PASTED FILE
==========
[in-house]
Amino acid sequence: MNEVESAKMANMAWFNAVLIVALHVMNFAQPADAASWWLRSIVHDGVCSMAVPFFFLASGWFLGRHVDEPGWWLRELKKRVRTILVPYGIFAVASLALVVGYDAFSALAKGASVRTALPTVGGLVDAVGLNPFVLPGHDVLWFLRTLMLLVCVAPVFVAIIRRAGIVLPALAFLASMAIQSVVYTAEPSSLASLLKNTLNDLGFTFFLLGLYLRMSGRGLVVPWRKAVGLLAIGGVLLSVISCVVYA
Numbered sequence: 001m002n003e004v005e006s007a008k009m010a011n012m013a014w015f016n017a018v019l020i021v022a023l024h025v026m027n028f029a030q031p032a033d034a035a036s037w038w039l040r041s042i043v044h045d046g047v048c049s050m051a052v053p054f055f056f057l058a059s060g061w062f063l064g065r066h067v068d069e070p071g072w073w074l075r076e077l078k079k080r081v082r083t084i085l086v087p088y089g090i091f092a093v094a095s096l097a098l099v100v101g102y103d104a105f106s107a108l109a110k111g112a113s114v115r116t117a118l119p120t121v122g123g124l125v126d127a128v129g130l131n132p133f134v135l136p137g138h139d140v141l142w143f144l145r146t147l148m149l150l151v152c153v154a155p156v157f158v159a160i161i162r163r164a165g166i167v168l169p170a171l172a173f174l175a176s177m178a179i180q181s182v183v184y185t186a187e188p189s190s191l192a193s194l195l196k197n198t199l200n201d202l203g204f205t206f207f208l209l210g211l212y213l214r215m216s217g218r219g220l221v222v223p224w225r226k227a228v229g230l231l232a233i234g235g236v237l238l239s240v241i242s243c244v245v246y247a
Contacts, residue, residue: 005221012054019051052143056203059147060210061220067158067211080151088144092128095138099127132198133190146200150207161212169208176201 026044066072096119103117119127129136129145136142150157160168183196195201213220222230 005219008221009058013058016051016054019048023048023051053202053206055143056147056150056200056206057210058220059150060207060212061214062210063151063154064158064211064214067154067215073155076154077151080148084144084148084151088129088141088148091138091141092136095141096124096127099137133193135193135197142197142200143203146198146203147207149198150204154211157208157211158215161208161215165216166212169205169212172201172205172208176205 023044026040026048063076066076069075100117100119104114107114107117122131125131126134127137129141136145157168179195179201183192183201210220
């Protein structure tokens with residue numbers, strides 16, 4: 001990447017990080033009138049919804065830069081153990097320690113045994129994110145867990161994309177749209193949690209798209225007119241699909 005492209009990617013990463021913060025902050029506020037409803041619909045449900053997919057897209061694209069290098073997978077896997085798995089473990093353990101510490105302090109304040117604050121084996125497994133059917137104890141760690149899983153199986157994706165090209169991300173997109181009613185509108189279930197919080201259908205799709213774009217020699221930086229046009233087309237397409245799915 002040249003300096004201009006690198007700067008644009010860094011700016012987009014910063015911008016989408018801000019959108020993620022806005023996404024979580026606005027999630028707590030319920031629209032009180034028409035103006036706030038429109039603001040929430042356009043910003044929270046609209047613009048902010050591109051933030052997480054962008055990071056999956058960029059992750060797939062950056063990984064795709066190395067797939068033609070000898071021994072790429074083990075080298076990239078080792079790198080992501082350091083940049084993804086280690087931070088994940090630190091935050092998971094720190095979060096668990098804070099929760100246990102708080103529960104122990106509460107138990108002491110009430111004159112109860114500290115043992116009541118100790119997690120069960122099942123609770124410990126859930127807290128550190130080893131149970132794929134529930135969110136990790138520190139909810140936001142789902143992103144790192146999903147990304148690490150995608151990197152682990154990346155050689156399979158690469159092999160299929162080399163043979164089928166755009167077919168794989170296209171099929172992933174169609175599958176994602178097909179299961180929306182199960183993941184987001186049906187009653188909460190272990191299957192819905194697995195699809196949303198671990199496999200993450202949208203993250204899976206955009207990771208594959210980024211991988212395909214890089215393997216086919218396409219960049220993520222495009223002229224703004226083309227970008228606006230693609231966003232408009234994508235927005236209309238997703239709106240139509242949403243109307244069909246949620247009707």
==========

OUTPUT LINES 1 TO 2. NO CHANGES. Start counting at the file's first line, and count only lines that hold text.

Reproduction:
[in-house]
Amino acid sequence: MNEVESAKMANMAWFNAVLIVALHVMNFAQPADAASWWLRSIVHDGVCSMAVPFFFLASGWFLGRHVDEPGWWLRELKKRVRTILVPYGIFAVASLALVVGYDAFSALAKGASVRTALPTVGGLVDAVGLNPFVLPGHDVLWFLRTLMLLVCVAPVFVAIIRRAGIVLPALAFLASMAIQSVVYTAEPSSLASLLKNTLNDLGFTFFLLGLYLRMSGRGLVVPWRKAVGLLAIGGVLLSVISCVVYA